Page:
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Racanati v. Black Diamond Stevedoring Co.

Decided: June 24, 1943.

FRANK RACANATI, PLAINTIFF-RESPONDENT,
v.
BLACK DIAMOND STEVEDORING CO., INC., DEFENDANT-APPELLANT



On appeal from the Hudson County Court of Common Pleas.

For the plaintiff-respondent, Nathan Baker.

For the defendant-appellant, Carpenter, Gilmour & Dwyer (Patrick A. Dwyer and James P. Beggans, of counsel).

Before Brogan, Chief Justice, and Justices Bodine and Colie.

Colie

The opinion of the court was delivered by

COLIE, J. Black Diamond Stevedoring Co., Inc., appeals from a judgment of $1,195.98 in favor of Frank Racanati entered against it in the Hudson County Court of Common Pleas.

The complaint sounds in fraud and deceit and sets up that Frank Racanati on March 14th, 1935, sustained an injury resulting in a broken right collar bone while employed as a stevedore by the defendant company. He was treated by a doctor of the defendant's choosing and received from his employer temporary disability payments totaling $128. The complaint then recites that in accordance with the provisions of the Longshoremen's and Harbor Workers' Compensation Act, 33 U.S.C.A., ยง 901, et seq., he was entitled to additional compensation for permanent disability to his right arm, but that the defendant, by its agent, well knowing that he was entitled to such additional compensation for partial permanent

disability, nevertheless represented that there was no permanent disability. Subsequently, on June 5th, 1940, while still in the employ of the defendant, he sustained another accident involving his right arm and filed a claim for compensation with the United States Employees' Compensation Commission, and then he learned, for the first time, of the false and fraudulent representations of the defendant. The complaint alleges that relying upon these false representations of the defendant, Mr. Racanati did not prosecute his claim before the Commission and took no action to obtain compensation for the permanent disability which he sustained. The gravamen of the complaint is that the plaintiff "was deprived of his claim for compensation for permanent partial disability, as a result of it now being barred by the expiration of the time limit provided in said statute" and that "plaintiff lost sums of money which he could have obtained or recovered."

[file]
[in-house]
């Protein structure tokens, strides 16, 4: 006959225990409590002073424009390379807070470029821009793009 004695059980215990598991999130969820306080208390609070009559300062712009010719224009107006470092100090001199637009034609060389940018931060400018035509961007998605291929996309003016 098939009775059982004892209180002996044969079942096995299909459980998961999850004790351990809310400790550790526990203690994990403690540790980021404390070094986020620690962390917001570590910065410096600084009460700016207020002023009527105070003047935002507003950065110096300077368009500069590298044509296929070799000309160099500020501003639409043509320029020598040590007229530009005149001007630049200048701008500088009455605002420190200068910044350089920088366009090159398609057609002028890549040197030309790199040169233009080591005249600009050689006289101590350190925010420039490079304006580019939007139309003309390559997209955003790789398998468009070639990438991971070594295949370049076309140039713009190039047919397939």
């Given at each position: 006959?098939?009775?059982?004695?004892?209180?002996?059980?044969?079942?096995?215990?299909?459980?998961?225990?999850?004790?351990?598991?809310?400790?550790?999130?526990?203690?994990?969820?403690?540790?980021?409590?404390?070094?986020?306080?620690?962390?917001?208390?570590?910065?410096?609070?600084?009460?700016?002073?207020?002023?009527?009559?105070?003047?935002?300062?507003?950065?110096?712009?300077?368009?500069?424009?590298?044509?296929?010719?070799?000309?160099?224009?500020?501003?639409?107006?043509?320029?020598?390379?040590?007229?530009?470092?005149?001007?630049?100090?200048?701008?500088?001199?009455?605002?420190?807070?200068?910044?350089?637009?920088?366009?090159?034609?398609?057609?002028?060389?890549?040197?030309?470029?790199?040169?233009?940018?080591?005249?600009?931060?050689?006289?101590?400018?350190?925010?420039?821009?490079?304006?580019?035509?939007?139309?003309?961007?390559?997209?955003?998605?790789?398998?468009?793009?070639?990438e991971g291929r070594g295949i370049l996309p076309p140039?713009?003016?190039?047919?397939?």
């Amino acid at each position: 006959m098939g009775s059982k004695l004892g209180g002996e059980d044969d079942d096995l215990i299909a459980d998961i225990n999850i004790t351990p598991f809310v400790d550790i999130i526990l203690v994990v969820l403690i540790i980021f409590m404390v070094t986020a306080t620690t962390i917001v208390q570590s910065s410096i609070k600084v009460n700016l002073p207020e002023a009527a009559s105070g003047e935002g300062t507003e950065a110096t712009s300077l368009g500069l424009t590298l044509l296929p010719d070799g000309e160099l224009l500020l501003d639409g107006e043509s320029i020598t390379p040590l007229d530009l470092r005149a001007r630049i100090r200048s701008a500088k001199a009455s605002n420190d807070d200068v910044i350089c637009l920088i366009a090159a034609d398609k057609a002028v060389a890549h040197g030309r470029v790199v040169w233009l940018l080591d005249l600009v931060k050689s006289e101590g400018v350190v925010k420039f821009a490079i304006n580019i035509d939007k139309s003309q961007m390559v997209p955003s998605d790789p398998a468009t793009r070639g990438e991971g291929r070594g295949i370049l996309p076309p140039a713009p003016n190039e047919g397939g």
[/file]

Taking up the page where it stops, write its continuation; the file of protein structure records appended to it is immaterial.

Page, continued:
At the trial, plaintiff's wife testified that she had a conversation with a Mr. Donohue, a representative of the defendant corporation, who handled its claims for compensation to injured employees in which Mr. Donohue said: "Well, Dr. Mathews sent him a letter he is all right, there is no permanent disability." In answer to a question of Mrs. Racanati as to whether her husband would get any money, Mr. Donohue said: "What do you want, he is all right. You had better go back to work, if you make a case you are going to lose the case and the job also." There were also in evidence, reports of a Dr. Mathews, dated April 25th, 1935, in which he gave it as his opinion that the plaintiff would be temporarily disabled until about May 6th and also a report dated May 4th, 1935, advising Mr. Donohue that Dr. Mathews had discharged the plaintiff from further treatment, but that there was a slight restriction of motion at the shoulder which would completely disappear in a few weeks' time.

Subsequent to May 4th, 1935, plaintiff received a number of communications from the United States Employees' Compensation Commission telling him to report for final physical examination. All were disregarded and plaintiff continued in the employ of the defendant at his usual line of work

until June 5th, 1940, when he sustained the further injury mentioned above. He filed a claim for compensation therefor with the Commission. When the matter came on for hearing in November, 1940, Dr. Mathews testified that he then found, for the first time, a five per cent. disability of the right arm due to a callus formation at the site of the 1935 fracture. The plaintiff produced a doctor who first examined plaintiff more than seven years after the accident in 1935, and who estimated the permanent disability from the 1935 accident as 20 to 25 per cent. It was brought out that plaintiff had testified at a hearing in November, 1940, that he was disabled for nine weeks as a result of the 1935 injury. From Mr. Donohue, ...


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